Lori Lightfoot Faces a Crisis of Credibility in Chicago

Lori Lightfoot's improbable and historic landslide victory to become Chicago's first Black female mayor came after running an effective campaign that centered around the issues of police accountability and reform.

Local activists have criticized Lightfoot for failing to bring meaningful change to the city's embattled police department—which has a long history of racist and violent policing in Black and brown communities—in several roles she held overseeing police in the years before taking office as mayor in May 2019.

"For years, they've said Chicago ain't ready for reform. Well, get ready... because reform is here," she told Chicagoans in her inauguration speech.

But two years into her term, with Chicago bracing for a turbulent summer as crime levels spike, critics say that Lightfoot has not only failed to live up to her campaign promises, but is facing a crisis of credibility that she may not be able to overcome.

"A complete lack of will"

A year ago, the murder of a Black man at the hands of a Minneapolis police officer triggered protests across the country and reignited calls for police reform. But Chicago "had its George Floyd moment" with the 2014 fatal shooting of Black teenager Laquan McDonald, Jamie Kalven, a journalist and the founder of the nonprofit Invisible Institute, told Newsweek.
"Police reform became just the highest priority in our civic life and Lightfoot sort of took up that banner, that was the basis of her campaign."

Lightfoot had previously served as president of the Chicago Police Board and chaired the Police Accountability Task Force created after McDonald's shooting, which also prompted a federal civil rights probe of the Chicago Police Department. She had never run for office prior to launching her bid to become the city's mayor.

"I think it's fair to say that she entered office with a real mandate to make sweeping changes... and she's made good on almost none of those promises," Kalven said. "Even more disturbing, she's really squandered the power she entered office with and now I think, has a crisis of credibility."

Lightfoot's actions since becoming mayor "certainly don't match the rhetoric of her candidacy," Tracy Siska, the executive director of the Chicago Justice Project, told Newsweek. "She's very good on rhetoric, but her actions don't back it up. I think it's a complete lack of will."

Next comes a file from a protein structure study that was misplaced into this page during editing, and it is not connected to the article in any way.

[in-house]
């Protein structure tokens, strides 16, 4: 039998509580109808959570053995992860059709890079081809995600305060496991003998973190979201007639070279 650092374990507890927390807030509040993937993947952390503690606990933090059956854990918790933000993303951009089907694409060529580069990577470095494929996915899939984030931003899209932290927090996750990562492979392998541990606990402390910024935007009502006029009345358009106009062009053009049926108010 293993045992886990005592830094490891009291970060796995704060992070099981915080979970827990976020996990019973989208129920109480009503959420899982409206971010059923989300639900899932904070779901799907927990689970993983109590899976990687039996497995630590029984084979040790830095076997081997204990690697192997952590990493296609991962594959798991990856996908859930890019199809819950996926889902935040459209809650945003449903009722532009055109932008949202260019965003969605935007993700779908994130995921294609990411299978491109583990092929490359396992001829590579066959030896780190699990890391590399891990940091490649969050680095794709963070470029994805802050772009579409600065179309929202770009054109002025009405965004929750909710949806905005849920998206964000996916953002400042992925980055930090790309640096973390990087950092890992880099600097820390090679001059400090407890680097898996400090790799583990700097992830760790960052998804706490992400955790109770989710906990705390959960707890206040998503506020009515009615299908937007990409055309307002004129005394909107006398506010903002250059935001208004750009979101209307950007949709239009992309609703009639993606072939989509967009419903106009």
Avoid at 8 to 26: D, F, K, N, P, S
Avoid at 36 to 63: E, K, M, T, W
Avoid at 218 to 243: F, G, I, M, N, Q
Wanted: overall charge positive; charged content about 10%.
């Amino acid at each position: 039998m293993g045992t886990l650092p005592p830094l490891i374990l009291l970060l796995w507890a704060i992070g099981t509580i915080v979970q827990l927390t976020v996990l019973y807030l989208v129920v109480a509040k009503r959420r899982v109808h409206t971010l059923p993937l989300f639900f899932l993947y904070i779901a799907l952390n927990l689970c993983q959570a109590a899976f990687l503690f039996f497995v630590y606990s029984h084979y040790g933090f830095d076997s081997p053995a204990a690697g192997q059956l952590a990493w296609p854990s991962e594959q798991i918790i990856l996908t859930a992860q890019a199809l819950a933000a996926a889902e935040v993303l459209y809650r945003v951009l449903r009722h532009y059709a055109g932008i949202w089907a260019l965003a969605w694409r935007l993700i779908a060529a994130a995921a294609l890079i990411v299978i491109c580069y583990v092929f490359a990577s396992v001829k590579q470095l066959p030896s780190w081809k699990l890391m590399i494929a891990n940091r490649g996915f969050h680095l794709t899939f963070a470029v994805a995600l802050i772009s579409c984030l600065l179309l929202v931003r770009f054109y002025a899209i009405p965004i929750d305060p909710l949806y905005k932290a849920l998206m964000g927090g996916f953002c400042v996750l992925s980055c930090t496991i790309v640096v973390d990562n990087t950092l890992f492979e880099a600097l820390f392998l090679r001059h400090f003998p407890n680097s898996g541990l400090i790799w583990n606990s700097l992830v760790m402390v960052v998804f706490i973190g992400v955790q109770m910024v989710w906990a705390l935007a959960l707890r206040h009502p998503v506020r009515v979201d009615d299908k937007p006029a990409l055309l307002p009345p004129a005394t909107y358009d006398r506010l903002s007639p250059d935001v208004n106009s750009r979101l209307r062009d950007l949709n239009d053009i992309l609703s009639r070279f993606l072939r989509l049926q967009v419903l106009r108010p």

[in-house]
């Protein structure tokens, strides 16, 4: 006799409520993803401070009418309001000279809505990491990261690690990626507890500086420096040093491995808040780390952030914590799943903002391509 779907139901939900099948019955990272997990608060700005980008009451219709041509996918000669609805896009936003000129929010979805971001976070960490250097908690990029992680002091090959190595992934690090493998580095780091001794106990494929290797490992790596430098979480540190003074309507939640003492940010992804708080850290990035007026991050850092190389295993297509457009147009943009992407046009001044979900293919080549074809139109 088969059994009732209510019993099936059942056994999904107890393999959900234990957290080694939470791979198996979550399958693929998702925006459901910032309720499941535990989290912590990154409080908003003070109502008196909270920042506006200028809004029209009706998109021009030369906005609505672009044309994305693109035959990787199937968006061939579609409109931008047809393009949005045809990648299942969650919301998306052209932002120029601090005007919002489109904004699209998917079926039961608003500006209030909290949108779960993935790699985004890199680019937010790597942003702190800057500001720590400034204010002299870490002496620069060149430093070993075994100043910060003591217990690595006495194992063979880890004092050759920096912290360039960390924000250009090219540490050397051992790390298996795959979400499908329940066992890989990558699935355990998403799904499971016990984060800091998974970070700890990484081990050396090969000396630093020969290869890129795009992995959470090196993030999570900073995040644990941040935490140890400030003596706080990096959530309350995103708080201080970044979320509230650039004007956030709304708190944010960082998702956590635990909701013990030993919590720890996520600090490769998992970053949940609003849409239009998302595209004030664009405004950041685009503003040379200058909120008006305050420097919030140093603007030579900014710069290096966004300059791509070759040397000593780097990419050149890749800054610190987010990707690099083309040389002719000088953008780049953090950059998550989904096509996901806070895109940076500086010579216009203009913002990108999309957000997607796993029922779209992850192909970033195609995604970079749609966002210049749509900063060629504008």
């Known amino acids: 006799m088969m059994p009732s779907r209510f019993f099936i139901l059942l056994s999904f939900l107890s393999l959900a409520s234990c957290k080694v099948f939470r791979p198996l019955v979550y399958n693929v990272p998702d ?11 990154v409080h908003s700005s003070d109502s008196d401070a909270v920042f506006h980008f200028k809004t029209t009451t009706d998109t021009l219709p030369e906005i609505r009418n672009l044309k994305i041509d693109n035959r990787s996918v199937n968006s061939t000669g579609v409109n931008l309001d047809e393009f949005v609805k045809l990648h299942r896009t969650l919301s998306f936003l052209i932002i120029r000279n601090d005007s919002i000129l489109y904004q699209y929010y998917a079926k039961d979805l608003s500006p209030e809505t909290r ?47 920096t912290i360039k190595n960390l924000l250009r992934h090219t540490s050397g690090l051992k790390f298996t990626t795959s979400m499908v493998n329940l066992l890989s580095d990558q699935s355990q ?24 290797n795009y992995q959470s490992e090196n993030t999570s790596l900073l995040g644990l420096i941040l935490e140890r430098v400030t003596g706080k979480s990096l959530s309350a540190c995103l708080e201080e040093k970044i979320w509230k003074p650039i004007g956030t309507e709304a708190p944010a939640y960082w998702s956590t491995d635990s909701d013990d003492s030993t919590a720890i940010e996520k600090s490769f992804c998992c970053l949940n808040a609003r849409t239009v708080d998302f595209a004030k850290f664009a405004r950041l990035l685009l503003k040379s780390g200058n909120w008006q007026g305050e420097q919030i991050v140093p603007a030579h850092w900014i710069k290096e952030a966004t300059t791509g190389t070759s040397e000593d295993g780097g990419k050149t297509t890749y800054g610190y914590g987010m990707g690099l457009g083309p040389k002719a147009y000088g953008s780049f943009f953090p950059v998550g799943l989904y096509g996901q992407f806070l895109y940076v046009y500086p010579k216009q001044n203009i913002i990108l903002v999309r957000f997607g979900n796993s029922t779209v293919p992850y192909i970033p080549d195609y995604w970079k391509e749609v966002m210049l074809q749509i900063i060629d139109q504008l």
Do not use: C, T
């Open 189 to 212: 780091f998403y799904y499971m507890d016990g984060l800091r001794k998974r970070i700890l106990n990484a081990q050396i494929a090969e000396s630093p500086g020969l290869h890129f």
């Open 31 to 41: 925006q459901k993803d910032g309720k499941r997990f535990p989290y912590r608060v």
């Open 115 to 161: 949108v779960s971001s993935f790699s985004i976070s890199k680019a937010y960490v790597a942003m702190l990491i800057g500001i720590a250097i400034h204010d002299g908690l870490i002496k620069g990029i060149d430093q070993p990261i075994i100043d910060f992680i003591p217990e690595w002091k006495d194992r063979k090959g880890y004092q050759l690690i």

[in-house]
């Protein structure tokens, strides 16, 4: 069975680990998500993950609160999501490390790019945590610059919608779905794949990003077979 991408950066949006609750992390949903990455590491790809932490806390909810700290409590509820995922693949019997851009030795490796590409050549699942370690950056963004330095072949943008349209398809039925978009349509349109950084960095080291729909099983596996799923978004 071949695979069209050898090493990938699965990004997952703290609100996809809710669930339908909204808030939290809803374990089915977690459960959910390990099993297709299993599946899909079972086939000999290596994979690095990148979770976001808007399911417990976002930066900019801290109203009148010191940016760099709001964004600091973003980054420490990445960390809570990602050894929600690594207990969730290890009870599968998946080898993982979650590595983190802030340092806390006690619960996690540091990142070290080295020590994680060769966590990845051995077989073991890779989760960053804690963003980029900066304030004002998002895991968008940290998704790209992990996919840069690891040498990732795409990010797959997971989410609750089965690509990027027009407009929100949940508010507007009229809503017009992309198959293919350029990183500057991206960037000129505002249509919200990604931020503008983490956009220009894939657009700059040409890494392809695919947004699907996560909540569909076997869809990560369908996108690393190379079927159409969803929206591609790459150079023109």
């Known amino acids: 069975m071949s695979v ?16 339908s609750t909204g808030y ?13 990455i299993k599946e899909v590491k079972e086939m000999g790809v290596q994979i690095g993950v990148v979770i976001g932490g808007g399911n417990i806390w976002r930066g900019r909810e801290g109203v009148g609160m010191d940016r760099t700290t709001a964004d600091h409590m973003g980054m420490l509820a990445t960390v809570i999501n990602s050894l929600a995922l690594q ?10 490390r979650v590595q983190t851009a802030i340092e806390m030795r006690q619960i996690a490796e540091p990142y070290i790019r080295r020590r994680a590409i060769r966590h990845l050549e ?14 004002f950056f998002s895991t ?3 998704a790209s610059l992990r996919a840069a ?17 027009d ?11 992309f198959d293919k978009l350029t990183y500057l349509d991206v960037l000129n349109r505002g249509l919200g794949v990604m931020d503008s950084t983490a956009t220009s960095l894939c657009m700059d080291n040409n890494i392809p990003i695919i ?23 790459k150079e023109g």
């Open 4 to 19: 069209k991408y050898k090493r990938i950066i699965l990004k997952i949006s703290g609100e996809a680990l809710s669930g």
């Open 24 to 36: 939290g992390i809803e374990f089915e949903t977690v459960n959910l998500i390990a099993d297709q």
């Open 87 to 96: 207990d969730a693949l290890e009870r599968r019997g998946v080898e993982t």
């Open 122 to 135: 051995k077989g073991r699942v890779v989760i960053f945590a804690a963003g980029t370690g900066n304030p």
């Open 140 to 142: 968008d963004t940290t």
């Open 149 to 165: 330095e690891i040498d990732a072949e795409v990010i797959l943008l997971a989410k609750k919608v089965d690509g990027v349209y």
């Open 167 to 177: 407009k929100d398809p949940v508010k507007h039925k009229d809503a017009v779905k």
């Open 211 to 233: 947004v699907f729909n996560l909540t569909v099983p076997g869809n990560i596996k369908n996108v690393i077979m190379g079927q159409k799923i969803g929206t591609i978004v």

Siska pointed to Lightfoot's recent declaration of racism as a public health crisis. "Great," he said. "Now, we need to follow up. We need a massive reorganization of city finances and funding and programs to address that. That's not happening."

Lightfoot's announcement that she would grant the only one-on-one interviews on her two-year anniversary in office to journalists of color last month is another example, Siska said. "If it was backed up by real action, we'd have something," he said. The move "almost felt Trump-like in terms of just changing the subject," Kalven added.

Siska also cited the recent announcement that Chicago Public Schools would be laying off more than 400 teachers. "Racism is a problem, but we're going to cut all these resources on the schools that are mostly for kids of color? It's the epitome of hypocrisy," he said.

"No major change in Chicago was coming"

Earlier this year, the city's inspector general issued a report concluding that Lightfoot and Chicago Police Superintendent David Brown's response to last summer's unrest prompted by Floyd's killing showed "confusion and lack of coordination" and risked the safety of both officers and citizens.

Siska noted that when protesters began calling for discussions about defunding the police department, Lightfoot "let her thoughts and agenda be known by totally dismissing even having that conversation." He called her response "a sign that no major change in Chicago was coming."

Lightfoot led a group of mayors who unveiled a "blueprint" for police reform last summer that called for more accountability and transparency, but rejected defunding the police.

"The status quo has failed far too many, including dealing with, head-on, our country's history of racism and how policing has been used" to enforce racism and segregation, she told reporters at the time.

Lori Lightfoot
Chicago Mayor Lori Lightfoot speaks to guests at an event held to celebrate Pride Month on June 07, 2021 in Chicago, Illinois. Scott Olson/Getty Images

Kalven said there was a "consistent pattern" of declarations from Lightfoot with little to no follow-up.

He pointed to two recent fatal police shootings—13-year-old Adam Toledo on March 29, and 22-year-old Anthony Alvarez two days later—as evidence of the catastrophic consequences of the city's failure to implement reform.

"Simply put, we failed Adam," Lightfoot said at a press conference after Toledo's shooting. "And we cannot afford to fail one more young person in our city."

Kalven said after both shootings, Lightfoot made "passionate, personal statements that seem to have very little connection with exercising the power of her office."

But he said the danger of the police department's lack of a foot pursuit policy was outlined in a scathing report by the Department of Justice in 2017, which found Chicago police "engage in a pattern and practice of using force, including deadly force, that is unreasonable."